The seven women who've changed women's lives
What do Margaret Thatcher, Beyoncé and Bridget Jones have in common? They’re all on the 2016 Woman’s Hour Power List. This year we’re celebrating the seven women who’ve had the most impact on British women’s lives over the past seven decades, since Woman’s Hour first came on air back in 1946.
Our panel of esteemed judges Karren Brady, Ayesha Hazarika, Abi Morgan, Jill Burridge, Julia Hobsbawm and chair Emma Barnett whittled hundreds of listeners’ suggestions down to just seven names during some (occasionally heated) deliberations. These are the women that made it…
Margaret Thatcher: 'The female warrior leader'
Topping the 2016 Power List – in our only ranked position - is the UK’s first female Prime Minister Margaret Thatcher. Elected three times, she’s described by our judges as “a female warrior leader” who had both a positive and negative impact on women. In the words of Julia Hobsbawn – “no one’s ever forgotten her.”
“One of the reasons there was such a strong feminist movement in the 80s was as a reaction to her,” says Ayesha Hazarika - while another generation grew up seeing a woman in Number 10 as standard.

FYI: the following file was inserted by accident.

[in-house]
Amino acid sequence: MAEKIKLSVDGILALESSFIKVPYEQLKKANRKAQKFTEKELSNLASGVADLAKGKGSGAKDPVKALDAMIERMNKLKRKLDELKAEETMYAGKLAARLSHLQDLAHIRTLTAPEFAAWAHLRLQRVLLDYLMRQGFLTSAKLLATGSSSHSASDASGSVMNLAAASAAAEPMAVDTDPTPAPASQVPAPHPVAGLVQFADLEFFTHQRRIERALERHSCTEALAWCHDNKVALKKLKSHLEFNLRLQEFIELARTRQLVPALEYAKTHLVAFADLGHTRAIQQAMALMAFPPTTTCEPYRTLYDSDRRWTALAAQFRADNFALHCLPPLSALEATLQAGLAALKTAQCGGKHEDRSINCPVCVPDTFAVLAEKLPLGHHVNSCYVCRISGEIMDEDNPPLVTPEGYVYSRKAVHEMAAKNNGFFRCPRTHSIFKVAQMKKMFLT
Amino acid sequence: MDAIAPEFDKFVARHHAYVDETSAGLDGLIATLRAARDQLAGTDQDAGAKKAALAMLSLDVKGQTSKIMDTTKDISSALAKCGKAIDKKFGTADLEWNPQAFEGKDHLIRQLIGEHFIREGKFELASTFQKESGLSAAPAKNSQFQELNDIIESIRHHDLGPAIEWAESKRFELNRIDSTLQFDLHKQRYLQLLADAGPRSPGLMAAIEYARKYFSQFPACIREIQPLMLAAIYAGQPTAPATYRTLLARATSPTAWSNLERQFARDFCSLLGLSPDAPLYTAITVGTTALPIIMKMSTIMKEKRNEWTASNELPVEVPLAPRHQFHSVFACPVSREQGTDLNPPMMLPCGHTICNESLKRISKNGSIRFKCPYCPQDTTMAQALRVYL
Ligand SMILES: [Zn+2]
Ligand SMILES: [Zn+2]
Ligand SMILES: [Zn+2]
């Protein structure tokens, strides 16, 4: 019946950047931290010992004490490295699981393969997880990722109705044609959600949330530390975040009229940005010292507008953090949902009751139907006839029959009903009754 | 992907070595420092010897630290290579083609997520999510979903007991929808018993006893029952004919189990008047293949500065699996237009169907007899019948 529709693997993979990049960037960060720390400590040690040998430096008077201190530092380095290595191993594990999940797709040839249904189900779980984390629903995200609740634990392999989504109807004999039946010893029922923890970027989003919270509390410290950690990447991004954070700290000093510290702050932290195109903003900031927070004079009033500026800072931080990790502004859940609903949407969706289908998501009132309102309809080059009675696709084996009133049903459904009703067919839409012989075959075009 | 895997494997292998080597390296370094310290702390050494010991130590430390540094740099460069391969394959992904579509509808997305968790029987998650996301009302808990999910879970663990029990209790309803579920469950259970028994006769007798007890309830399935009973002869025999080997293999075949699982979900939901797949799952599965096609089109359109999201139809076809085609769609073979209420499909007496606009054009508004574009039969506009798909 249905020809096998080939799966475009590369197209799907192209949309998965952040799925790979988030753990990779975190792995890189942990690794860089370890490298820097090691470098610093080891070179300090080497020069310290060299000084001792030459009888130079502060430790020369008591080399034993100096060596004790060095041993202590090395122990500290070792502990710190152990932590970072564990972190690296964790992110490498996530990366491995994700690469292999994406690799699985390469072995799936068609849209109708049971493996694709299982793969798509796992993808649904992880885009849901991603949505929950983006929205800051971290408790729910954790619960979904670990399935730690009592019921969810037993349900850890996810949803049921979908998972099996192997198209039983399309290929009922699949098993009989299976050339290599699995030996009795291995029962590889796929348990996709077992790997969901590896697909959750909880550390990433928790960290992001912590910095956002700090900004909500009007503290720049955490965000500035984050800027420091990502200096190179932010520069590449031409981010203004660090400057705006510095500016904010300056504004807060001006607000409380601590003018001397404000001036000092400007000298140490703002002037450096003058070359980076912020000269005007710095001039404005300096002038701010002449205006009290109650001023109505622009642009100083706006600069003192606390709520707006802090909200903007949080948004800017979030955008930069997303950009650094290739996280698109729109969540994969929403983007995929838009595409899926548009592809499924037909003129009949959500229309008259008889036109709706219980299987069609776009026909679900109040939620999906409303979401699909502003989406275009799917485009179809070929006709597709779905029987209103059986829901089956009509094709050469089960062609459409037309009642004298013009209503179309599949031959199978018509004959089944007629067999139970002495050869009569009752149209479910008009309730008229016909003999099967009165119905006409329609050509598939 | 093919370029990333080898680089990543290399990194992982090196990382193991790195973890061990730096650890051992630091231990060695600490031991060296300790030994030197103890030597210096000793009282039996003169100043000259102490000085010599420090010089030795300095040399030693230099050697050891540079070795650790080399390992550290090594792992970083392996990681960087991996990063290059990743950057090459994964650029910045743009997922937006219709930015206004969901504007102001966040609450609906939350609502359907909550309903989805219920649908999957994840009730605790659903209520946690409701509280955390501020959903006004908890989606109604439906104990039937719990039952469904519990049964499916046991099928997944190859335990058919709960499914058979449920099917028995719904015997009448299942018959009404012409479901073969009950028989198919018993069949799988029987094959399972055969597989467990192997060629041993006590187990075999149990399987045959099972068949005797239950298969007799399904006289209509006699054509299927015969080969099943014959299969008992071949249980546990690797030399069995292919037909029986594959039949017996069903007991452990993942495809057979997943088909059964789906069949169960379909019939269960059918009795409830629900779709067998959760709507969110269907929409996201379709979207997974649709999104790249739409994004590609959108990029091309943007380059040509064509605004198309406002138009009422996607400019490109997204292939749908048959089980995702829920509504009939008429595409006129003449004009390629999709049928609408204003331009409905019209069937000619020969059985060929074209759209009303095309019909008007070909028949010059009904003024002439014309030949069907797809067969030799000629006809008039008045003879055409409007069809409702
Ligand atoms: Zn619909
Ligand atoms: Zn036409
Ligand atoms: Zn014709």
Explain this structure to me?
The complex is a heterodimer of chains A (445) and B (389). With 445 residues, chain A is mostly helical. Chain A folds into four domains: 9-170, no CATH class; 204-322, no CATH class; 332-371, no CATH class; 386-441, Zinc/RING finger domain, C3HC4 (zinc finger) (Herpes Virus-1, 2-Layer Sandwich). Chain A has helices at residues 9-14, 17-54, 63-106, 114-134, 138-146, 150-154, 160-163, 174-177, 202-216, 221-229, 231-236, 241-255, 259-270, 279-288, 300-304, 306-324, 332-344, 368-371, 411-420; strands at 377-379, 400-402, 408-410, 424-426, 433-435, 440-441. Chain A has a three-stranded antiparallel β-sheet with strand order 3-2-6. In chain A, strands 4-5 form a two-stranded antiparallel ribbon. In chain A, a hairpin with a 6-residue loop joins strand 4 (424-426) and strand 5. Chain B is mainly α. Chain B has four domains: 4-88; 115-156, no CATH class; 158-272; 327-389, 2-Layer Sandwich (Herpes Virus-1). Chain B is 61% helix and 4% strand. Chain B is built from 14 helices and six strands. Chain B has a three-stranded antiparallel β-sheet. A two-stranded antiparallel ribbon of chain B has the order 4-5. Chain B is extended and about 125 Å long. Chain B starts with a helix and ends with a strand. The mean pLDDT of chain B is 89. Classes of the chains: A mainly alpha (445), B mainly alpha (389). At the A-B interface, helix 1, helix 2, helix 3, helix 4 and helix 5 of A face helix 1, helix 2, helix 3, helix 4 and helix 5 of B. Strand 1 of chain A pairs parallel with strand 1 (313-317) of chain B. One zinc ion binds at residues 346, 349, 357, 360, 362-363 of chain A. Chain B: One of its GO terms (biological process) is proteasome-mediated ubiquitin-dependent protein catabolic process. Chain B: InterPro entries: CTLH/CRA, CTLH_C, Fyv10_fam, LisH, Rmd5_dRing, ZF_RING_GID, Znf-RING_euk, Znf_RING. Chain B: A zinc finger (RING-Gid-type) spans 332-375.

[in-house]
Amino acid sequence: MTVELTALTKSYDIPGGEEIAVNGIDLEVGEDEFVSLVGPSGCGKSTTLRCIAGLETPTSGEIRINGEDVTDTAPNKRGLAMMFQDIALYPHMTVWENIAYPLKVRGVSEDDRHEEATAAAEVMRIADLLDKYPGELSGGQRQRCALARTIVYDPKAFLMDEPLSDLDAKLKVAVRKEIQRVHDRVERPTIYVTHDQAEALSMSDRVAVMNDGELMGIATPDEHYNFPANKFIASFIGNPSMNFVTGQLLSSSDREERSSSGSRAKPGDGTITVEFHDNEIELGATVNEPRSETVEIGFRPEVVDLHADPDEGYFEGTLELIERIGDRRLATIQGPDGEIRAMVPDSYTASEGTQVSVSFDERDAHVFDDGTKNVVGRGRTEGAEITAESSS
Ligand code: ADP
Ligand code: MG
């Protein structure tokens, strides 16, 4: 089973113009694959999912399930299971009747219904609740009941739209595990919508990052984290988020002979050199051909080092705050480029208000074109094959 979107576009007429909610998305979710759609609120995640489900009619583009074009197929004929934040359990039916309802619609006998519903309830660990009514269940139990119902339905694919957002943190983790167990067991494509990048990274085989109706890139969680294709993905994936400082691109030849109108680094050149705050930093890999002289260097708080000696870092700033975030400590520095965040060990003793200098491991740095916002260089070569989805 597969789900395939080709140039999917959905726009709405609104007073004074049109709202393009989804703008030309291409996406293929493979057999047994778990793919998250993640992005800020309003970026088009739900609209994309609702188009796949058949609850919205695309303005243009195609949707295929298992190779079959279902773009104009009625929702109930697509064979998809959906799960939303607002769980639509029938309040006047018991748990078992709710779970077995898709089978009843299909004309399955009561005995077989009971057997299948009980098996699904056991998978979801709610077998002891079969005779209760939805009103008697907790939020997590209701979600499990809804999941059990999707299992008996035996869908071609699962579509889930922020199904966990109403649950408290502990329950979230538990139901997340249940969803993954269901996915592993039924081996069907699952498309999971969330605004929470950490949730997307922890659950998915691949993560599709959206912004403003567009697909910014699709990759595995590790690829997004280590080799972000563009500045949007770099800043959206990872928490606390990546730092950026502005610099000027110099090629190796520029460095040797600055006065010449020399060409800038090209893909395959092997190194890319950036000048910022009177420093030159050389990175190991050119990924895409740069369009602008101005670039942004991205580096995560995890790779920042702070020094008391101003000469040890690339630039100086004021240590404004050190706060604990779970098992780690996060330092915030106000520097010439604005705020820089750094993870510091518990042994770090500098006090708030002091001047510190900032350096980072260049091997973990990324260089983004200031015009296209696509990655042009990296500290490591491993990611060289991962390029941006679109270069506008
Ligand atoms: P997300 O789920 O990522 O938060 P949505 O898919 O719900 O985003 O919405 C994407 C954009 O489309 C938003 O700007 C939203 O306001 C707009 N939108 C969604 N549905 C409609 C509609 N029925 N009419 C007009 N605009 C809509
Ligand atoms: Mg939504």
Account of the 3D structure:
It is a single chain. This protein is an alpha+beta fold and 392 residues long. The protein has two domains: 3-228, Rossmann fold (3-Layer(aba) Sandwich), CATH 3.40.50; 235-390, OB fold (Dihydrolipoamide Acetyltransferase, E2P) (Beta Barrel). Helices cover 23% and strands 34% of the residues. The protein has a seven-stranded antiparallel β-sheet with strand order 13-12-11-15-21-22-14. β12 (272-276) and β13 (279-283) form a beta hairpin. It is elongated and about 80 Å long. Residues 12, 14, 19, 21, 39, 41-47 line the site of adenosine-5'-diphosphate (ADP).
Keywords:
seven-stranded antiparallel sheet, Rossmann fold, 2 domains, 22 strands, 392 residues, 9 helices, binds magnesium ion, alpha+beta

“As someone in her early 30s, I have never known that women couldn’t lead the country,” says Emma Barnett. “Whether you like her or loathe her, just knowing that a woman could have the top job is not something that we should underestimate.”
Margaret Thatcher in 60 seconds
Helen Brook: The 'game changer'
Helen Brook may not be a household name, but she should be according to our judges – who all felt Brook’s work making contraception available to unmarried women had earned her a place on our 2016 Power List.
She set up the first Brook Advisory Centre clinic in 1964, an act former Woman's Hour editor Jill Burridge thinks sparked the biggest change to women’s lives in the past 70 years.
“[It] freed women to think about what choices they had,” says Jill. “Employment, job opportunities, all those things flowed on after the pill became freely available.”
Ayesha Hazarika adds: “Even until relatively recently, the huge stigma that many young girls would feel about having unprotected sex or discovering that they were pregnant, the idea that these services are free and readily accessible for young women is absolutely huge.”